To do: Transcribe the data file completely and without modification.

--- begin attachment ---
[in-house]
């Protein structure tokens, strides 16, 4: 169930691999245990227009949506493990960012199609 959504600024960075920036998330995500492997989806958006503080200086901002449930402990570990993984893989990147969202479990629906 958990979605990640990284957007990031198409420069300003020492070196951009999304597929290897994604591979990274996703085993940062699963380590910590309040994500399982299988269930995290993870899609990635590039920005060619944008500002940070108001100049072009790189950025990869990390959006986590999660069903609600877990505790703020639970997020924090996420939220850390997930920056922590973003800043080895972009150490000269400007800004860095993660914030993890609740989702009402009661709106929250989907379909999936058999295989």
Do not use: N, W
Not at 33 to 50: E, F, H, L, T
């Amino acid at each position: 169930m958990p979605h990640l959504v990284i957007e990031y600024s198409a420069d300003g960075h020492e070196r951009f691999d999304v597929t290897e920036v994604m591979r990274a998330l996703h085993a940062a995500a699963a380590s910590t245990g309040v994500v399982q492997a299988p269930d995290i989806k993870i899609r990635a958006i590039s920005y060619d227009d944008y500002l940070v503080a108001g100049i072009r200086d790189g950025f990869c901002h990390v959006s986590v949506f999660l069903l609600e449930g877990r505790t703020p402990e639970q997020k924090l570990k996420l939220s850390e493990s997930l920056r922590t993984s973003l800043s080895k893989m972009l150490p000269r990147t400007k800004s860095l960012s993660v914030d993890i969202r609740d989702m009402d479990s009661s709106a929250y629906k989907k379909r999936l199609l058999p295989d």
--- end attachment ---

[in-house]
């Protein structure tokens, strides 16, 4: 169930691999245990227009949506493990960012199609 959504600024960075920036998330995500492997989806958006503080200086901002449930402990570990993984893989990147969202479990629906 958990979605990640990284957007990031198409420069300003020492070196951009999304597929290897994604591979990274996703085993940062699963380590910590309040994500399982299988269930995290993870899609990635590039920005060619944008500002940070108001100049072009790189950025990869990390959006986590999660069903609600877990505790703020639970997020924090996420939220850390997930920056922590973003800043080895972009150490000269400007800004860095993660914030993890609740989702009402009661709106929250989907379909999936058999295989």
Do not use: N, W
Not at 33 to 50: E, F, H, L, T
């Amino acid at each position: 169930m958990p979605h990640l959504v990284i957007e990031y600024s198409a420069d300003g960075h020492e070196r951009f691999d999304v597929t290897e920036v994604m591979r990274a998330l996703h085993a940062a995500a699963a380590s910590t245990g309040v994500v399982q492997a299988p269930d995290i989806k993870i899609r990635a958006i590039s920005y060619d227009d944008y500002l940070v503080a108001g100049i072009r200086d790189g950025f990869c901002h990390v959006s986590v949506f999660l069903l609600e449930g877990r505790t703020p402990e639970q997020k924090l570990k996420l939220s850390e493990s997930l920056r922590t993984s973003l800043s080895k893989m972009l150490p000269r990147t400007k800004s860095l960012s993660v914030d993890i969202r609740d989702m009402d479990s009661s709106a929250y629906k989907k379909r999936l199609l058999p295989d």